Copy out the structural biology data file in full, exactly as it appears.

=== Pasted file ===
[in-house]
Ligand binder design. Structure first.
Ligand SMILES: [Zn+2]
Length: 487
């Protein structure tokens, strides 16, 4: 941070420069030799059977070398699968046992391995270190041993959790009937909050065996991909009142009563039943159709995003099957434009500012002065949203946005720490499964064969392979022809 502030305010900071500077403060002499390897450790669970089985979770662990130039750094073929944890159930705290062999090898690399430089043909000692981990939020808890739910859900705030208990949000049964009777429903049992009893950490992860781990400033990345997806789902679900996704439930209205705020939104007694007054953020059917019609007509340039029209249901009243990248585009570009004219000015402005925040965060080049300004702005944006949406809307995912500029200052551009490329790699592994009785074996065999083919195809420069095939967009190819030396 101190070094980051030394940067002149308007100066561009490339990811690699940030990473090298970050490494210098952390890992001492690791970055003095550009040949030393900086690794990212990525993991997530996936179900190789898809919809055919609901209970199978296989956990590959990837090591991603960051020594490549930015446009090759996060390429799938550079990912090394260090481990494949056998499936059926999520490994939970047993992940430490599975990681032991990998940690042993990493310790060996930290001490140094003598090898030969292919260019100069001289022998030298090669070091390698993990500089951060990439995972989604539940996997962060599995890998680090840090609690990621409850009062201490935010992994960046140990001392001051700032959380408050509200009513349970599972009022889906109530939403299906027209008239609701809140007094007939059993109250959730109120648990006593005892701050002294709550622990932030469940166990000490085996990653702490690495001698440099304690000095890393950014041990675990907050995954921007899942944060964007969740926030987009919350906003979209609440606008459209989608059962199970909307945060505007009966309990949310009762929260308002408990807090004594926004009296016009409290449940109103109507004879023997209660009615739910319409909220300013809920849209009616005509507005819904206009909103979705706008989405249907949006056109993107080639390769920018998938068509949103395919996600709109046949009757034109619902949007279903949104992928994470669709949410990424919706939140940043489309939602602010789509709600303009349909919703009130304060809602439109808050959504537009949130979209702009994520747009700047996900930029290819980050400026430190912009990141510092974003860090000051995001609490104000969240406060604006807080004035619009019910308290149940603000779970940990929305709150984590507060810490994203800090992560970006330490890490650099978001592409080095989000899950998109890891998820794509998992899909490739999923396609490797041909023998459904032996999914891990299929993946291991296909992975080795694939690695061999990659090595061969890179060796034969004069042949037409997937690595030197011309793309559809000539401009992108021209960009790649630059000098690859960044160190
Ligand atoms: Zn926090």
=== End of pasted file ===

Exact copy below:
[in-house]
Ligand binder design. Structure first.
Ligand SMILES: [Zn+2]
Length: 487
């Protein structure tokens, strides 16, 4: 941070420069030799059977070398699968046992391995270190041993959790009937909050065996991909009142009563039943159709995003099957434009500012002065949203946005720490499964064969392979022809 502030305010900071500077403060002499390897450790669970089985979770662990130039750094073929944890159930705290062999090898690399430089043909000692981990939020808890739910859900705030208990949000049964009777429903049992009893950490992860781990400033990345997806789902679900996704439930209205705020939104007694007054953020059917019609007509340039029209249901009243990248585009570009004219000015402005925040965060080049300004702005944006949406809307995912500029200052551009490329790699592994009785074996065999083919195809420069095939967009190819030396 101190070094980051030394940067002149308007100066561009490339990811690699940030990473090298970050490494210098952390890992001492690791970055003095550009040949030393900086690794990212990525993991997530996936179900190789898809919809055919609901209970199978296989956990590959990837090591991603960051020594490549930015446009090759996060390429799938550079990912090394260090481990494949056998499936059926999520490994939970047993992940430490599975990681032991990998940690042993990493310790060996930290001490140094003598090898030969292919260019100069001289022998030298090669070091390698993990500089951060990439995972989604539940996997962060599995890998680090840090609690990621409850009062201490935010992994960046140990001392001051700032959380408050509200009513349970599972009022889906109530939403299906027209008239609701809140007094007939059993109250959730109120648990006593005892701050002294709550622990932030469940166990000490085996990653702490690495001698440099304690000095890393950014041990675990907050995954921007899942944060964007969740926030987009919350906003979209609440606008459209989608059962199970909307945060505007009966309990949310009762929260308002408990807090004594926004009296016009409290449940109103109507004879023997209660009615739910319409909220300013809920849209009616005509507005819904206009909103979705706008989405249907949006056109993107080639390769920018998938068509949103395919996600709109046949009757034109619902949007279903949104992928994470669709949410990424919706939140940043489309939602602010789509709600303009349909919703009130304060809602439109808050959504537009949130979209702009994520747009700047996900930029290819980050400026430190912009990141510092974003860090000051995001609490104000969240406060604006807080004035619009019910308290149940603000779970940990929305709150984590507060810490994203800090992560970006330490890490650099978001592409080095989000899950998109890891998820794509998992899909490739999923396609490797041909023998459904032996999914891990299929993946291991296909992975080795694939690695061999990659090595061969890179060796034969004069042949037409997937690595030197011309793309559809000539401009992108021209960009790649630059000098690859960044160190
Ligand atoms: Zn926090």